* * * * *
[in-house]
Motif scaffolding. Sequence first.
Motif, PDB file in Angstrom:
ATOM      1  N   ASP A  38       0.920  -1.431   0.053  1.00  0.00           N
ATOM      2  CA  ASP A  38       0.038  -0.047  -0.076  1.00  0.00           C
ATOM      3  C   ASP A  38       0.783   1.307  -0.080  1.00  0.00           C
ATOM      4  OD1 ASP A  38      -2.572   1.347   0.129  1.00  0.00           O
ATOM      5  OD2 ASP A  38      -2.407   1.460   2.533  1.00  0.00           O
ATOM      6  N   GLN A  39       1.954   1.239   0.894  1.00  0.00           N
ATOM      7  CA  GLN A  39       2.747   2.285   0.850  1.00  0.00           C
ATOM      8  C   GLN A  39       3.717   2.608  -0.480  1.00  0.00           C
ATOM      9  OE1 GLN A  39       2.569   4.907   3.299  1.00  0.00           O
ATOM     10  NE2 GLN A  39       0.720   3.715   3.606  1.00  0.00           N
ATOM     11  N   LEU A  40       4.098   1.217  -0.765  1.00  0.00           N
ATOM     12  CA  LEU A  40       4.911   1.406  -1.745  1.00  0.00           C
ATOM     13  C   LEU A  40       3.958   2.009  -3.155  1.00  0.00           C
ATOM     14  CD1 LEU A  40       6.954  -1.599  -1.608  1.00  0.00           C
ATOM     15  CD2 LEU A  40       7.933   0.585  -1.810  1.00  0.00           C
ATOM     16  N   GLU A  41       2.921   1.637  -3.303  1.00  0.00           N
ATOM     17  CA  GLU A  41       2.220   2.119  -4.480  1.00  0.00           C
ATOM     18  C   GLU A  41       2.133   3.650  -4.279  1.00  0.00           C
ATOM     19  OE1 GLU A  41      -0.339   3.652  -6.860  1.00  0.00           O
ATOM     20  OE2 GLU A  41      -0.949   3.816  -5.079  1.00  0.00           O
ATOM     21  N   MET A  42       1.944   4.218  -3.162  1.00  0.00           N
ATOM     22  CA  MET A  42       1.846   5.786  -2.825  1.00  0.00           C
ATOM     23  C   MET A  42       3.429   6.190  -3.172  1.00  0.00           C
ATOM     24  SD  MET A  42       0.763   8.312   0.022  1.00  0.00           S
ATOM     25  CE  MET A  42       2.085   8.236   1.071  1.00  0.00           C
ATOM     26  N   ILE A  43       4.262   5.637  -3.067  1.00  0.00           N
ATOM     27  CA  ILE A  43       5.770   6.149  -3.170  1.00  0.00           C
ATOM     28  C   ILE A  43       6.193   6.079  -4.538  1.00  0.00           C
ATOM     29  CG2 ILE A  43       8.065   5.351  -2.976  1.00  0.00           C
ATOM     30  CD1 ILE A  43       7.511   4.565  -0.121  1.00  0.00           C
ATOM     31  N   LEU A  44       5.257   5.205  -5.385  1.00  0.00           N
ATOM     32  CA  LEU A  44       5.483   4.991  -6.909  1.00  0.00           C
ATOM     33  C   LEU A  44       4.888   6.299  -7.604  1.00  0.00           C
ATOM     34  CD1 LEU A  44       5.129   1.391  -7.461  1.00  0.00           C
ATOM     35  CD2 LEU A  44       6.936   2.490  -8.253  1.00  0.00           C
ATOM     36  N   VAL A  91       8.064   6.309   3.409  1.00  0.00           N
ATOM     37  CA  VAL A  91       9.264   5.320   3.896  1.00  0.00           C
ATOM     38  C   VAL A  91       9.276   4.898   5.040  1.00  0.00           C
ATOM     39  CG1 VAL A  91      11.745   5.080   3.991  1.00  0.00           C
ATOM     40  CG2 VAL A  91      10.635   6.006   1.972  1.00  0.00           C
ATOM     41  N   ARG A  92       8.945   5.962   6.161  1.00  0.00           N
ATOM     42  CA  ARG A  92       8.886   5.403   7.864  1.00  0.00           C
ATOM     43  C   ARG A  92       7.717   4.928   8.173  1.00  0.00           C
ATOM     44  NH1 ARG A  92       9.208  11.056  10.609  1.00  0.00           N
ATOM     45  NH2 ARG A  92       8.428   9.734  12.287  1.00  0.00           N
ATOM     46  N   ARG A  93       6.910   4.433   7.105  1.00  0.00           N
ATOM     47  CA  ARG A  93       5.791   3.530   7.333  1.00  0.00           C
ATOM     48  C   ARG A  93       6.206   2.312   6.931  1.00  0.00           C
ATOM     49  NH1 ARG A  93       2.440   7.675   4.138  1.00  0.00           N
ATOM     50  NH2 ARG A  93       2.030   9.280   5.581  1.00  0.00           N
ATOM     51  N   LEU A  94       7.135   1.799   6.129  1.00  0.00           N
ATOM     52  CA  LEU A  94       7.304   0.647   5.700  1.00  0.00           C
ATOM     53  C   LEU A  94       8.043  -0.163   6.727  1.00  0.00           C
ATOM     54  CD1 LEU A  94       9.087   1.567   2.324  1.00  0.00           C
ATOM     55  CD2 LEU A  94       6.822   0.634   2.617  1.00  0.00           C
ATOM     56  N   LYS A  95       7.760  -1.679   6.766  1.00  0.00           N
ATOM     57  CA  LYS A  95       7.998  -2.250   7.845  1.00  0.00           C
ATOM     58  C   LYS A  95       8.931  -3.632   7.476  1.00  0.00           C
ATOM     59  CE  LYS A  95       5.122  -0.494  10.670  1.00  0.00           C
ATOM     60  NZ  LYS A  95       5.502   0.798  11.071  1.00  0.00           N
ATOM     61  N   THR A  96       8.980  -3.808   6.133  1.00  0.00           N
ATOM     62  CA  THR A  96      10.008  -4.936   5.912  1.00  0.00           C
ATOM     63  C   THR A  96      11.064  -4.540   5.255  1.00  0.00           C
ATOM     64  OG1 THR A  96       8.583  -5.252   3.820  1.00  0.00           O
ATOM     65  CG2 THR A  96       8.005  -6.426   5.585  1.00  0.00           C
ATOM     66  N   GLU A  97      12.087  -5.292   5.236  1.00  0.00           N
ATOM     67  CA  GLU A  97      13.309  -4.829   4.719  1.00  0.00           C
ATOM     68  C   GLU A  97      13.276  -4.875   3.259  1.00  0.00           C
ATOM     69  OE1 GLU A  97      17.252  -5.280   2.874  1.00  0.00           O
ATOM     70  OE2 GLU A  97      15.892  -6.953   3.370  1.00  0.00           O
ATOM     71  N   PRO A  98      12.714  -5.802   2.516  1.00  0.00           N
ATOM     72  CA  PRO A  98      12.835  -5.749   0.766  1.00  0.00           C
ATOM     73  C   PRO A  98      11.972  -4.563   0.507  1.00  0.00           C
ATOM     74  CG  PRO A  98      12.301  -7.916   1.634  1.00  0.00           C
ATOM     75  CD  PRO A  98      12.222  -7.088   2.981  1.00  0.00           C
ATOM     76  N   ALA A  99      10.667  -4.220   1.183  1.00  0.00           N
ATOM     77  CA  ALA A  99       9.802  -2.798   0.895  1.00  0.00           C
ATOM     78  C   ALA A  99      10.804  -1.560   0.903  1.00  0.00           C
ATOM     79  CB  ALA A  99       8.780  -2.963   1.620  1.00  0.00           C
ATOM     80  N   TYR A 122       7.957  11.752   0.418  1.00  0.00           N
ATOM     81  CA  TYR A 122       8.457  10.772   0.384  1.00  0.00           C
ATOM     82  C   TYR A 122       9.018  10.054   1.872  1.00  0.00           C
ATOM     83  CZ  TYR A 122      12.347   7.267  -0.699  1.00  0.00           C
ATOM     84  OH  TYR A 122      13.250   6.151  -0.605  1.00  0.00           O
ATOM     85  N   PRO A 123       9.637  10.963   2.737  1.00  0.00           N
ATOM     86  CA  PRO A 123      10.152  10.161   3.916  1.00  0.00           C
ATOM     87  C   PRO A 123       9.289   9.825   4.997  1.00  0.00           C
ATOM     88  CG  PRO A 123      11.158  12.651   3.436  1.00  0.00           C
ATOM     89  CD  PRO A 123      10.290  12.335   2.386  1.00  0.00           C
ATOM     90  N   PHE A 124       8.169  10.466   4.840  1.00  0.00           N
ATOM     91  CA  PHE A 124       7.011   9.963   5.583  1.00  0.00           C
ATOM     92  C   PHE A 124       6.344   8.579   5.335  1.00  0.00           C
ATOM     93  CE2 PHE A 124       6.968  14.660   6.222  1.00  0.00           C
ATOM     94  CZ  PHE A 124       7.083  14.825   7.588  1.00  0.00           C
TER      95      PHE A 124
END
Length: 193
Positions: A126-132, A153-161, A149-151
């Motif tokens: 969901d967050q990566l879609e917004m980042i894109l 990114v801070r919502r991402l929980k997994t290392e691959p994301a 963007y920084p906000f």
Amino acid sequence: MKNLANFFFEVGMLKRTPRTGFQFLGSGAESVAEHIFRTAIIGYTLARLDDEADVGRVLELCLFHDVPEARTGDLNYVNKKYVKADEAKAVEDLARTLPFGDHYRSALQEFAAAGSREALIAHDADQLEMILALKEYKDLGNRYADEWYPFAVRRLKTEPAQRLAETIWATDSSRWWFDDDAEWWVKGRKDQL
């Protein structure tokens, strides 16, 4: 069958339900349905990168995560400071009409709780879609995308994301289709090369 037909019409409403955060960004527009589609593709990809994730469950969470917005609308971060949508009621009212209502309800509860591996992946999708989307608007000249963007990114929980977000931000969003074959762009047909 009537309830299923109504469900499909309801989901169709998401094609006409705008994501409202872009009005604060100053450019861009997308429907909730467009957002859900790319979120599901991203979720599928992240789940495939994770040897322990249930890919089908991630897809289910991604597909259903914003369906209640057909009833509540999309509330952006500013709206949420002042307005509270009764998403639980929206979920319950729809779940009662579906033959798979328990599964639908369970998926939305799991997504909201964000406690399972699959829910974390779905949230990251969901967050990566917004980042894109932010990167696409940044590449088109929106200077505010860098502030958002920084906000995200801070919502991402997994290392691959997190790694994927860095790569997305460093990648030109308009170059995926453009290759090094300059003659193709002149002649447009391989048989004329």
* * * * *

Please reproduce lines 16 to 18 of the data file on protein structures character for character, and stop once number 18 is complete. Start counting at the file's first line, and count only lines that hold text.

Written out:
ATOM     13  C   LEU A  40       3.958   2.009  -3.155  1.00  0.00           C
ATOM     14  CD1 LEU A  40       6.954  -1.599  -1.608  1.00  0.00           C
ATOM     15  CD2 LEU A  40       7.933   0.585  -1.810  1.00  0.00           C